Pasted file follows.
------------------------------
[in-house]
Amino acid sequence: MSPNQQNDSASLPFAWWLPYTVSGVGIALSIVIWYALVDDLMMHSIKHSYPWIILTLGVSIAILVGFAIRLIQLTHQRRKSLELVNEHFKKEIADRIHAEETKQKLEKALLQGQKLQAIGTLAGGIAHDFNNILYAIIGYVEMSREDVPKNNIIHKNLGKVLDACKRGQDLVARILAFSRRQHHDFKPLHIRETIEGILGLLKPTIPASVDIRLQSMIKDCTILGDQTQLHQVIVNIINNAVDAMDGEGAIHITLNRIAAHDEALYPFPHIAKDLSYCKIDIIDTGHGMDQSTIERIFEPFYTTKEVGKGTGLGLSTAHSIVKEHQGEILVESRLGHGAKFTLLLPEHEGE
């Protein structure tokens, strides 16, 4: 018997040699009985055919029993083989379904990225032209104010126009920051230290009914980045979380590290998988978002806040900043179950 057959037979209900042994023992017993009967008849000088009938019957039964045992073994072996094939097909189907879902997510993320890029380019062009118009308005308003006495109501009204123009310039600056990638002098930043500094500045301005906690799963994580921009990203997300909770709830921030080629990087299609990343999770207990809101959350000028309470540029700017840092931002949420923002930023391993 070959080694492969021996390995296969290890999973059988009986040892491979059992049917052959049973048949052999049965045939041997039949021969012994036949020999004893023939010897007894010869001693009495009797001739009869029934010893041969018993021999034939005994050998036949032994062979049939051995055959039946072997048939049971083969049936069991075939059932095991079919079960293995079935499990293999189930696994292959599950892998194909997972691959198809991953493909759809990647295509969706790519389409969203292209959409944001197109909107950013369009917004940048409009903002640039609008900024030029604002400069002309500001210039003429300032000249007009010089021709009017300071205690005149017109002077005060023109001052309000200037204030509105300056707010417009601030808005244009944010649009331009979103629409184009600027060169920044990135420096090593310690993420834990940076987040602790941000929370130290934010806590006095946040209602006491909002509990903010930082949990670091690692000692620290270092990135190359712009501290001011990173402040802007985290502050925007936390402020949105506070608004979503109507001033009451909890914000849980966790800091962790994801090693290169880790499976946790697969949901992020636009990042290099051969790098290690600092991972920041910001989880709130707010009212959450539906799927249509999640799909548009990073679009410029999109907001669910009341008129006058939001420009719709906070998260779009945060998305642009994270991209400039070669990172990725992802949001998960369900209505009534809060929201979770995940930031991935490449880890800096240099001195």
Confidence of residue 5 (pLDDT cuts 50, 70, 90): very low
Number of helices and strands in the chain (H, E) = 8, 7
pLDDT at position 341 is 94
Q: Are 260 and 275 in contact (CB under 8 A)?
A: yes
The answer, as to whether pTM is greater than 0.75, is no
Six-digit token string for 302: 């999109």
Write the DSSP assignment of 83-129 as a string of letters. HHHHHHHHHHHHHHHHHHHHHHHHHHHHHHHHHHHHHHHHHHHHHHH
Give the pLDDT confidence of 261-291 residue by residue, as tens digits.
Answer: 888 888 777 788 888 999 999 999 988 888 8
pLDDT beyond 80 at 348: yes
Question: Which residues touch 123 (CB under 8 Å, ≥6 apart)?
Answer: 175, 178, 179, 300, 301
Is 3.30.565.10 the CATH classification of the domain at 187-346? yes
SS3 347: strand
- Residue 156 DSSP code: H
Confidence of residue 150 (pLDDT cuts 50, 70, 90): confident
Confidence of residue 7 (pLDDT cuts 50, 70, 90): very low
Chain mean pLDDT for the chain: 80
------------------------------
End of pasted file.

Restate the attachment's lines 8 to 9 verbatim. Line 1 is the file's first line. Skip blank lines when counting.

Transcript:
A: yes
The answer, as to whether pTM is greater than 0.75, is no